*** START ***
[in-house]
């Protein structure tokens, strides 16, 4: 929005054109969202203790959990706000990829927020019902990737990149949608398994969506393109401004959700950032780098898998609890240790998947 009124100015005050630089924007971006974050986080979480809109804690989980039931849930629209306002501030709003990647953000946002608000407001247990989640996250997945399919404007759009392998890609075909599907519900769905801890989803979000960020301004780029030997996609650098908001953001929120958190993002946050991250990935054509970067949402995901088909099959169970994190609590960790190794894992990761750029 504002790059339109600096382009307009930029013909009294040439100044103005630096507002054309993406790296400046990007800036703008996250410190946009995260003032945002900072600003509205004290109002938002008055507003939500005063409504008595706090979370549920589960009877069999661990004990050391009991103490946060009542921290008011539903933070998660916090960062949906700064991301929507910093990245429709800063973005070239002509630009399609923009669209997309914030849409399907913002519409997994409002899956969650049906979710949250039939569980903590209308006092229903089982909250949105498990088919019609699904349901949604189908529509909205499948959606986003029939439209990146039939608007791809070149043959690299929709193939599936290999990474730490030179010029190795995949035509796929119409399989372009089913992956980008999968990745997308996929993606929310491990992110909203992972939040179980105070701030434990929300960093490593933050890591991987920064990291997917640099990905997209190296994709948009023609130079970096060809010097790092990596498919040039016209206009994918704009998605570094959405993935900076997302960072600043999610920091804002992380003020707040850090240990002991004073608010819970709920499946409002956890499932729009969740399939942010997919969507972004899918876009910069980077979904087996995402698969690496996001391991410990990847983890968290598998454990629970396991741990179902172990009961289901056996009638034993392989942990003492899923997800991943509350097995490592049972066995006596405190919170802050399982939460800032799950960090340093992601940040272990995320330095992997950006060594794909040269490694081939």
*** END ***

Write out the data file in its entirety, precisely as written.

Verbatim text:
[in-house]
């Protein structure tokens, strides 16, 4: 929005054109969202203790959990706000990829927020019902990737990149949608398994969506393109401004959700950032780098898998609890240790998947 009124100015005050630089924007971006974050986080979480809109804690989980039931849930629209306002501030709003990647953000946002608000407001247990989640996250997945399919404007759009392998890609075909599907519900769905801890989803979000960020301004780029030997996609650098908001953001929120958190993002946050991250990935054509970067949402995901088909099959169970994190609590960790190794894992990761750029 504002790059339109600096382009307009930029013909009294040439100044103005630096507002054309993406790296400046990007800036703008996250410190946009995260003032945002900072600003509205004290109002938002008055507003939500005063409504008595706090979370549920589960009877069999661990004990050391009991103490946060009542921290008011539903933070998660916090960062949906700064991301929507910093990245429709800063973005070239002509630009399609923009669209997309914030849409399907913002519409997994409002899956969650049906979710949250039939569980903590209308006092229903089982909250949105498990088919019609699904349901949604189908529509909205499948959606986003029939439209990146039939608007791809070149043959690299929709193939599936290999990474730490030179010029190795995949035509796929119409399989372009089913992956980008999968990745997308996929993606929310491990992110909203992972939040179980105070701030434990929300960093490593933050890591991987920064990291997917640099990905997209190296994709948009023609130079970096060809010097790092990596498919040039016209206009994918704009998605570094959405993935900076997302960072600043999610920091804002992380003020707040850090240990002991004073608010819970709920499946409002956890499932729009969740399939942010997919969507972004899918876009910069980077979904087996995402698969690496996001391991410990990847983890968290598998454990629970396991741990179902172990009961289901056996009638034993392989942990003492899923997800991943509350097995490592049972066995006596405190919170802050399982939460800032799950960090340093992601940040272990995320330095992997950006060594794909040269490694081939």